In Malaysia, printmaking works are attracting young art collectors

New art collectors on a budget are warming up to the various forms of printmaking. Pictured are (from left) art collective Pangrok Sulap's woodcut print work, Shan Shan Lim's botanic print art and Amanda Gayle's digital patchwork. Photos: Handout

It is no surprise that printmaking art is having its moment in Malaysia.

Since the pandemic hit last year, there has been a surge in interest in print art among a younger demographic. Every home office or study room needs a print or two to liven up the space, plus prints are affordable.

Platforms such as online store Outlet KL have played a role in creating a buzz for art prints, while many independent artists, designers and illustrators have been steadily building a profile online with their printmaking works.

“We’ve had conversations with friends where they talked about how it’s quite difficult to buy or even look for art prints here.

“When we ourselves were looking for (art) prints to buy, we would usually end up on Instagram, looking at artist profiles to check if they’re selling their art in any (print) form. We then put ourselves in our prospective customers’ shoes, and we then thought, ‘why not start a platform where we can sell a variety of work from different artists?’” shares Dana Kaarina Zainal Abidin, Outlet KL’s co-founder.

Outlet KL began in October last year and operates on Instagram. It is now showcasing five young artists (in their 20s and 30s).

They are illustrator/printmaker Ika Sharom, mixed-media artist Afi Sulaiman, graphic artist Sherwan Rozan, artist/designer Shan Shan Lim and KL-based Mexican photographer/illustrator Jousi Fabiola. More collaborations with local and international artists are in the works.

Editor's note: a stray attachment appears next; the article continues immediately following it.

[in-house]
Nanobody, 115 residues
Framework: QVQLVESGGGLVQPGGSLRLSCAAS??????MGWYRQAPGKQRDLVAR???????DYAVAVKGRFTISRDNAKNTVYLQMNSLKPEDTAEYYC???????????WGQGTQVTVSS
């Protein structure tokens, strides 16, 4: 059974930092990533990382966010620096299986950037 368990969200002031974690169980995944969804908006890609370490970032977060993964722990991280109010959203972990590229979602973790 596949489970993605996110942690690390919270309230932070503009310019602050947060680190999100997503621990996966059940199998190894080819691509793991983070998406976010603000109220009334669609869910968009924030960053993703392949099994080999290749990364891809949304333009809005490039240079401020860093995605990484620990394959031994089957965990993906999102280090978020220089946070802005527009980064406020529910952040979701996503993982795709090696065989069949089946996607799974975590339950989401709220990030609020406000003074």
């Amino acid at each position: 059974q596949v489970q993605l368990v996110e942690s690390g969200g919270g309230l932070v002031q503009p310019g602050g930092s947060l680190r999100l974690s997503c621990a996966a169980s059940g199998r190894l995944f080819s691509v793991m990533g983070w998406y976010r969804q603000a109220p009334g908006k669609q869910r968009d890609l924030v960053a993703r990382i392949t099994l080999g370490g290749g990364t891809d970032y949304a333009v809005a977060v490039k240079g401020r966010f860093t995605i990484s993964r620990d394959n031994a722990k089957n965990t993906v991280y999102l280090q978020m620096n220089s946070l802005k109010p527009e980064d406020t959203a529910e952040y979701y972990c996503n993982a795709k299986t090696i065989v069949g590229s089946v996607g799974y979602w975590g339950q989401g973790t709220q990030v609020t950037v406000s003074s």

Mixed-media artist Afi Sulaiman’s 'Psychedelocal Fruits' digital print series. Photo: Outlet KLMixed-media artist Afi Sulaiman’s 'Psychedelocal Fruits' digital print series. Photo: Outlet KL

Outlet KL carries prints that range in style such as digital prints, serigraph and lino prints. The artworks sold at this one-stop shop range between RM20 and RM200, depending on size and medium.

“We think that art prints here need more of a push to create demand and we believe that in order to sell or create this demand for prints, we need our brand to be as inviting as possible,” offers Elina Zainal Abidin, the platform’s other co-founder.

Trendy and vibrant

“We are aware that the younger generation are very much influenced by what they see on social media, which is why we also prioritise content that we put out to be visually appealing, engaging and relevant to our audience,” says Dana, 31.

This is also something independent art space Hom Art Trans’ in-house curator Elizabeth Low realised during artist-run printmaking studio Chetak 12’s annual print show called 3rd Edition: Love Song in February this year.

“What I found special about the show was that we dedicated time towards creating content on our ‘daily stories’ feature, educating our audiences with educational posts.

Samsudin Wahab’s 'Kasih Terhalang' (etching and aquatint on paper, 2021). Photo: Chetak 12Samsudin Wahab’s 'Kasih Terhalang' (etching and aquatint on paper, 2021). Photo: Chetak 12

“And because we used those interactive features on Instagram, we were able to see our audiences engaging with our educational content, which means they were listening, reading and absorbing,” offers Low.

She agrees that more people are becoming aware of the medium via social media exposure. And because of this, print works are now easier to locate and collect, making them “more accessible and attractive”.

“This is because a large number of print works come in editions, which make it possible for more than one person to own a copy, unlike with paintings and sculptures, where the artworks are in most cases not made to be reproduced,” says Low.

What’s important now, says Low, is to keep the interest going, especially when art galleries start reopening.

Ika Sharom's lino print ‘Kaseh Bonda’ (2020). Photo: Ika SharomIka Sharom's lino print ‘Kaseh Bonda’ (2020). Photo: Ika Sharom

At Hom Art Trans, the artists/printmakers mostly have a foundation in fine art, with names such as Samsudin Wahab, Bayu Utomo Radjikin and Faizal Suhif already familiar among art collectors.

But there is a younger generation of printmakers coming through, with many of them giving these Chetak 12 shows, residencies and collaborations a new audience.